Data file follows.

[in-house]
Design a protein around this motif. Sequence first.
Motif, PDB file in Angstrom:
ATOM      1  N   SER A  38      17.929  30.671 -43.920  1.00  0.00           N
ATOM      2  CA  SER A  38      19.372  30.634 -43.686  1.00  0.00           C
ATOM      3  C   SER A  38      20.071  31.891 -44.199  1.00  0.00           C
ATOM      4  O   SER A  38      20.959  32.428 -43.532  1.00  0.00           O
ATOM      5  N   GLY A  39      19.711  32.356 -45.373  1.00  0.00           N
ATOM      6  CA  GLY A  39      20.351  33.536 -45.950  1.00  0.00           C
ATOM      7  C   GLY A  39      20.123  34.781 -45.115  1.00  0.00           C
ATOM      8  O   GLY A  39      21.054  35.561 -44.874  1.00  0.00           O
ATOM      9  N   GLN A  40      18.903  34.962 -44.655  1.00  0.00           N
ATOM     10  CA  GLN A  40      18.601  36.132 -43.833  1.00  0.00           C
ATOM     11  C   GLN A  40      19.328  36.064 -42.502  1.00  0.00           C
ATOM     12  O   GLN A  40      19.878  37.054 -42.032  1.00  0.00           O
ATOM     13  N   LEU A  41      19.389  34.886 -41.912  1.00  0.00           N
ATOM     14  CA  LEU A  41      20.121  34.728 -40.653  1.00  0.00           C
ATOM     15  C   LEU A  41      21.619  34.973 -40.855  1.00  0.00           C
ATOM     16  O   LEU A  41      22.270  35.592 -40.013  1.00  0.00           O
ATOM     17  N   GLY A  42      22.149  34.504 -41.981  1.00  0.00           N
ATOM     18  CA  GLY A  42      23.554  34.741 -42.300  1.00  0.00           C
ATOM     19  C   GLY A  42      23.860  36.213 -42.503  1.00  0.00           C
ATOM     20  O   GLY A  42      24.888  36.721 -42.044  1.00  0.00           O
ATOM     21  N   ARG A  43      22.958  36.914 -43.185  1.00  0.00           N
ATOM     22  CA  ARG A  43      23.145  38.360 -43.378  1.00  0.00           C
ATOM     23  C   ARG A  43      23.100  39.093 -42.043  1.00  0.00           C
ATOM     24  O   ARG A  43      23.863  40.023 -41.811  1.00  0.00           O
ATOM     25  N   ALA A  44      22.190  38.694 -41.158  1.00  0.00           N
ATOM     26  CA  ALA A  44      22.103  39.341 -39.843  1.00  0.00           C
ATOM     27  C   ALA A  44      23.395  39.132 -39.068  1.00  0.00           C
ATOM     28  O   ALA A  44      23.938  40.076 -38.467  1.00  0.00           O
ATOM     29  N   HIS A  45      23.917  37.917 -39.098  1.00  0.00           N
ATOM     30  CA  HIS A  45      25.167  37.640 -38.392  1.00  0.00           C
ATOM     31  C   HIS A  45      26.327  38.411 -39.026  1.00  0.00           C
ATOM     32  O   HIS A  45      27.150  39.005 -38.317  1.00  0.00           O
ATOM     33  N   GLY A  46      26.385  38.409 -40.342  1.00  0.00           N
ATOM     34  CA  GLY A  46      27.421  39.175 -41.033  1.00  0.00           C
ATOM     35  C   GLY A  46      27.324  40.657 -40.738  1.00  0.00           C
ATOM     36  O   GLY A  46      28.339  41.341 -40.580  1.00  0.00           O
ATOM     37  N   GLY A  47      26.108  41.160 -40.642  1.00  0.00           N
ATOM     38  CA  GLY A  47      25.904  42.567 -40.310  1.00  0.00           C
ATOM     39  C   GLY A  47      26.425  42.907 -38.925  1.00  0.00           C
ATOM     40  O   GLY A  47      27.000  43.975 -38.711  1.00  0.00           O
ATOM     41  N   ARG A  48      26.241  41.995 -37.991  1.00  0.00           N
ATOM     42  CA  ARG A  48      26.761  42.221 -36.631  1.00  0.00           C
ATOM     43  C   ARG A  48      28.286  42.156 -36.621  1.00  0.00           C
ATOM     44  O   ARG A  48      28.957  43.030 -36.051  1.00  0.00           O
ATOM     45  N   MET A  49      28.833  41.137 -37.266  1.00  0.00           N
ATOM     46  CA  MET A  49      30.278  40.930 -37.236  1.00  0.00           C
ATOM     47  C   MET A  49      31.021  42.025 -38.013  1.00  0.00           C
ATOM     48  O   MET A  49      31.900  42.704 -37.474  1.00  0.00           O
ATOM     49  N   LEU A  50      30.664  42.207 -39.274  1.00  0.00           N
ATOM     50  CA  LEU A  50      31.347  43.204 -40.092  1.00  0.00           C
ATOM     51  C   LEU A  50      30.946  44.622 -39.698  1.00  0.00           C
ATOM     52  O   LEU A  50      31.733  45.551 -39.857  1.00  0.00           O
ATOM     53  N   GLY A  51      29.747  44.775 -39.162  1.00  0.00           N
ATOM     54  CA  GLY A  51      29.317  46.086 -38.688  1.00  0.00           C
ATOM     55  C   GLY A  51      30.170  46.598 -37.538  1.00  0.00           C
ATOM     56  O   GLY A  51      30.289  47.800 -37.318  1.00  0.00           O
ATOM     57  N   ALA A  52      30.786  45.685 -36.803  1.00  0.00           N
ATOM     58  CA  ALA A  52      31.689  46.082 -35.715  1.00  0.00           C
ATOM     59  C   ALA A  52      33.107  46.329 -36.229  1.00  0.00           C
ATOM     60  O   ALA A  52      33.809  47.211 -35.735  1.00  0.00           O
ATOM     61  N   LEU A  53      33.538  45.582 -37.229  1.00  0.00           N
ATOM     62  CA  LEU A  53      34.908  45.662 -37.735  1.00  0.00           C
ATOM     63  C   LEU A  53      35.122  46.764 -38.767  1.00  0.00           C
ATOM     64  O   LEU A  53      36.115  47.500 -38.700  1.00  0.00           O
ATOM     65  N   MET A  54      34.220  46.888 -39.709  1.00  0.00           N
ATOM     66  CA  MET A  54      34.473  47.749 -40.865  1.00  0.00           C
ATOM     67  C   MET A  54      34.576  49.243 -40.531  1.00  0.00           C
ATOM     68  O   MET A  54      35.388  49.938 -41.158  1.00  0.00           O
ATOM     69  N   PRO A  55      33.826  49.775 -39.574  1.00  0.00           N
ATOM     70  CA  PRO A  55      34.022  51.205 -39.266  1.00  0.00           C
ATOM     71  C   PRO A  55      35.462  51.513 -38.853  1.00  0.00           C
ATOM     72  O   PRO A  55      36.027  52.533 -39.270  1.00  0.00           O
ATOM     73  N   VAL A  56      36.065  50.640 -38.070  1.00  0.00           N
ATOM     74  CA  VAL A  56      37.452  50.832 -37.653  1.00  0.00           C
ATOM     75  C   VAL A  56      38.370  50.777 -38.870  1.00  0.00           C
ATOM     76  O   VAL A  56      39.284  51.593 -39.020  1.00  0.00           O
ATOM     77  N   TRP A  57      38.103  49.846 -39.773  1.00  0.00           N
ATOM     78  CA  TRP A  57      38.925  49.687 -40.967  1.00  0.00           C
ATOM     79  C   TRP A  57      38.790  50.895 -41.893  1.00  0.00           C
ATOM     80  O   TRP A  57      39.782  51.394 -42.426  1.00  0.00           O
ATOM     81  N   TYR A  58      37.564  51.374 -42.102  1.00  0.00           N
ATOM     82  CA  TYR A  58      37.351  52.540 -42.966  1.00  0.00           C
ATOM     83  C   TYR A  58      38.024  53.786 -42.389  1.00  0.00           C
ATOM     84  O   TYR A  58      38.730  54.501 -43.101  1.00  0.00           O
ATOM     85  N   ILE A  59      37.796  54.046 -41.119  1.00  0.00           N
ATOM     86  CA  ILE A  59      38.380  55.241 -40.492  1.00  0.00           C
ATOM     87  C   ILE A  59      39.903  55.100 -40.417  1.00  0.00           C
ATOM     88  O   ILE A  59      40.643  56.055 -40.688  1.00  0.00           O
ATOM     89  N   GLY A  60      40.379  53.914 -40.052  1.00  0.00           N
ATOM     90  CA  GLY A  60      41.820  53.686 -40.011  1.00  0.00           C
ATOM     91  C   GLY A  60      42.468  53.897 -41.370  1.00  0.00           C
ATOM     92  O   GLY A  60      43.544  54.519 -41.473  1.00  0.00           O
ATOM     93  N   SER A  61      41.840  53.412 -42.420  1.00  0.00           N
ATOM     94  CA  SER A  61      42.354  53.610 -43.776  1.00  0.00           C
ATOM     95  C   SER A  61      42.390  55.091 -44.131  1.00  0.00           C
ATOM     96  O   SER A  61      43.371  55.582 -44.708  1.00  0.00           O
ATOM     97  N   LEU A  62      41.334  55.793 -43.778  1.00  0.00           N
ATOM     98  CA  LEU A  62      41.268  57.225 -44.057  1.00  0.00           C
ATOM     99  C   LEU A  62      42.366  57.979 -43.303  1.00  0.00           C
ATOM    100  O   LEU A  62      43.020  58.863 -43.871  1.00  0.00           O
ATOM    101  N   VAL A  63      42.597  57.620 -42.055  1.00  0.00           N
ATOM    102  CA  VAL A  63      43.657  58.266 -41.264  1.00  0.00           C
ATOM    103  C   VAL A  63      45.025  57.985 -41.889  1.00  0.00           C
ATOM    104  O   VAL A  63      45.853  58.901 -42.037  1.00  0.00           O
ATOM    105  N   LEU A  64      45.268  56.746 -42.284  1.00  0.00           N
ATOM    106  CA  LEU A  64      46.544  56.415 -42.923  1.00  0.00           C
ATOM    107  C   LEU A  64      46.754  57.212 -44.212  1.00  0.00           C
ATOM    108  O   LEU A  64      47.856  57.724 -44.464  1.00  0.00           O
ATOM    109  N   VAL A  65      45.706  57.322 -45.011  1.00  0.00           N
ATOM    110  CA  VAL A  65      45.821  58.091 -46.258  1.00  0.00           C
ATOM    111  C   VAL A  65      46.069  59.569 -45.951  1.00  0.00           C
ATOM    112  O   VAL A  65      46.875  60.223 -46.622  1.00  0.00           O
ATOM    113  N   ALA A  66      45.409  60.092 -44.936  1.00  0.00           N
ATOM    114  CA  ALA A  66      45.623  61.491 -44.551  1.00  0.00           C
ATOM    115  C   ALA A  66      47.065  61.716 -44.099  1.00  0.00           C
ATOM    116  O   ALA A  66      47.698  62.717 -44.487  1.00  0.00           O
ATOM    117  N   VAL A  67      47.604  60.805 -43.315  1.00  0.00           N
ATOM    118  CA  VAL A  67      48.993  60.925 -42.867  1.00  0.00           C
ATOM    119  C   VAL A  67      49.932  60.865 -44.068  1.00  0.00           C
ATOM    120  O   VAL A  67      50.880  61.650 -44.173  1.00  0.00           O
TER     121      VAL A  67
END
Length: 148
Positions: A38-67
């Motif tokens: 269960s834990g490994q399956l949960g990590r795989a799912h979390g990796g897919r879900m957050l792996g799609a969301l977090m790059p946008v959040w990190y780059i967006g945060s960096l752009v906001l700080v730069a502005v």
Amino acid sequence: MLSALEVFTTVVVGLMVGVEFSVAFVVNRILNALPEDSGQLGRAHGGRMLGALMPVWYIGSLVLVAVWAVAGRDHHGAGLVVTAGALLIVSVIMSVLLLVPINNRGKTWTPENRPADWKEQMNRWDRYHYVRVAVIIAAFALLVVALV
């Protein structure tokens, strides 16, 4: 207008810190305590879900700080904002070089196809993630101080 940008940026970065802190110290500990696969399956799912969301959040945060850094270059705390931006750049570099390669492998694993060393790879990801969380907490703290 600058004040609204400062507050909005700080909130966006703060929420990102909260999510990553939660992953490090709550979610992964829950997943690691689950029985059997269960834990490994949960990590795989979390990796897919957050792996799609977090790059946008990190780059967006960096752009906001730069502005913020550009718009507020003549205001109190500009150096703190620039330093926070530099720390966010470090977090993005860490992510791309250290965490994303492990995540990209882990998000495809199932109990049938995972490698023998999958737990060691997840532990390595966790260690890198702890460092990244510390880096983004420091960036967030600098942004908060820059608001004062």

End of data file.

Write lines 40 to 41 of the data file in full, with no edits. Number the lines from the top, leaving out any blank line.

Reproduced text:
ATOM     37  N   GLY A  47      26.108  41.160 -40.642  1.00  0.00           N
ATOM     38  CA  GLY A  47      25.904  42.567 -40.310  1.00  0.00           C